On the mountainous border of China and Tibet in 1708, a detective must learn what a killer already knows: that empires rise and fall on the strength of the stories they tell.
Li Du was an imperial librarian. Now he is an exile. Arriving in Dayan, the last Chinese town before the Tibetan border, he is surprised to find it teeming with travelers, soldiers, and merchants. All have come for a spectacle unprecedented in this remote province: an eclipse of the sun commanded by the Emperor himself.
When a Jesuit astronomer is found murdered in the home of the local magistrate, blame is hastily placed on Tibetan bandits. But Li Du suspects this was no random killing. Everyone has secrets: the ambitious magistrate, the powerful consort, the bitter servant, the irreproachable secretary, the East India Company merchant, the nervous missionary, and the traveling storyteller who can't keep his own story straight.
Beyond the sloping roofs and festival banners, Li Du can see the mountain pass that will take him out of China forever. He must choose whether to leave, and embrace his exile, or to stay, and investigate a murder that the town of Dayan seems all too willing to forget.
About the Author
Read an Excerpt
Jade Dragon Mountain
By Elsa Hart
St. Martin's PressCopyright © 2015 Elsa Hart
All rights reserved.
It was a cold morning in early spring when Li Du came to the top of a small hill and saw below him the city of Dayan. The sun had not yet touched the valley, and the only perceptible movement was in the pale smoke that blurred the rigid curves of the tile and wood rooftops.
Beyond the city to the north, a mountain emerged slowly into the dawn. Its base was blue and featureless, a shape without dimension against the brightening sky. But on the distant summit, the snow and ice glowed golden pink in anticipation of sunrise.
Li Du could see the pass that would take him over the mountain and down to the river valley on the other side. But between him and that ridge lay Dayan, unavoidable. With a small sigh that puffed into the cold air, he rose, rinsed his bowl in a stream that ran by the hilltop temple where he had stopped to drink tea, put out the little fire he had made, and began the descent into the valley.
It took him a little over an hour to arrive at the houses on the edge of town. By that time the sun had risen and the road was crowded with travelers, farmers, and horse caravans. The farther into the city he went, the more packed the narrow streets became. Soon he was moving at a shuffle, surrounded by people and cows and horses, all bumping and jostling and making noise. The ground was littered with dung, peels, chewed and trampled sticks of sugarcane, gristly chicken bones, and discarded rice disintegrating in puddles of water. He tried at once not to step on porcelain cups, not to hit his head on copper kettles strung on ropes, and not to trip over the dogs that scampered or slept or wandered in search of bones.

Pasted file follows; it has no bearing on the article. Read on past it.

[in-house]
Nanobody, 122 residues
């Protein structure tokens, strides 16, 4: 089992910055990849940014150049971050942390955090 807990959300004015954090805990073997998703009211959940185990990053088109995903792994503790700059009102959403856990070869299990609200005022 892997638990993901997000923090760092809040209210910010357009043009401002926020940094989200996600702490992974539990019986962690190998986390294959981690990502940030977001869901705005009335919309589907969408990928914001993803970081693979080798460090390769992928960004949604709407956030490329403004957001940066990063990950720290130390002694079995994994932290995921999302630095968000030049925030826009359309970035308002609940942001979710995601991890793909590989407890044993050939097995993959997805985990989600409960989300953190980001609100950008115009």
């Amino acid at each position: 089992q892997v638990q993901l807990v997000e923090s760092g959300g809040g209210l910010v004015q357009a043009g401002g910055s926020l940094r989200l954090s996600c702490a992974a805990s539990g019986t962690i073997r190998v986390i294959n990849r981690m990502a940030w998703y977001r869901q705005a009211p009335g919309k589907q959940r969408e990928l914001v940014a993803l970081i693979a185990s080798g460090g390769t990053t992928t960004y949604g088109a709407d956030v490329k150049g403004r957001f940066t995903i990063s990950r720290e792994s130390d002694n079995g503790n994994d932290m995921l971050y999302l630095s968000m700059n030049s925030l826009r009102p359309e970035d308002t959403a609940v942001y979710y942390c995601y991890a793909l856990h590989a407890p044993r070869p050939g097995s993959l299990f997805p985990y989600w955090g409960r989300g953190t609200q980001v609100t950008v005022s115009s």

Li Du was a man of middle age. He wore old clothes that were neatly patched, and a velvet hat that had lost its shape and faded from black to graying blue. A rough woven bag was slung across his back, and he carried a book, his pointer finger inserted between two pages to mark his place.
Vendors misread his small, polite smile, and called to him to look at what they were selling. He stopped each time he was addressed, and with raised eyebrows and creased brow, gave dutiful attention to the items for sale. But when the merchants saw that he did not intend to buy anything, they turned their attention to other customers, and Li Du continued on his way.
He did not hear any Chinese amid the clamor, only a confusion of different languages and dialects, most of them unfamiliar. An empire so large, he thought, that the people at its borders speak a different language from those in the capital is like a person who cannot feel his own fingers. Li Du took off his hat and scratched his head, wishing for a moment that he had remembered to neaten his hair. It was bristly as a brush on top where it should have been shaved, and he imagined that the soldiers in pale gray standing at a corner gave him reproving looks. Lose your forelock or lose your head, the saying went. He replaced his cap and decided to wait a little longer before asking for directions.
He came to the street of tea and regarded the dusty, humble leaves with some solidarity. A month earlier he had traveled through the hot jungles where they had been picked. He remembered, as perhaps they did, the lush mountains on which they had grown, where heavy flowers stirred like slow fish in the mist. These leaves had been dried, knotted in cloth, and enclosed in bamboo sheathes, ready to be strapped to saddles and taken north by trade caravans.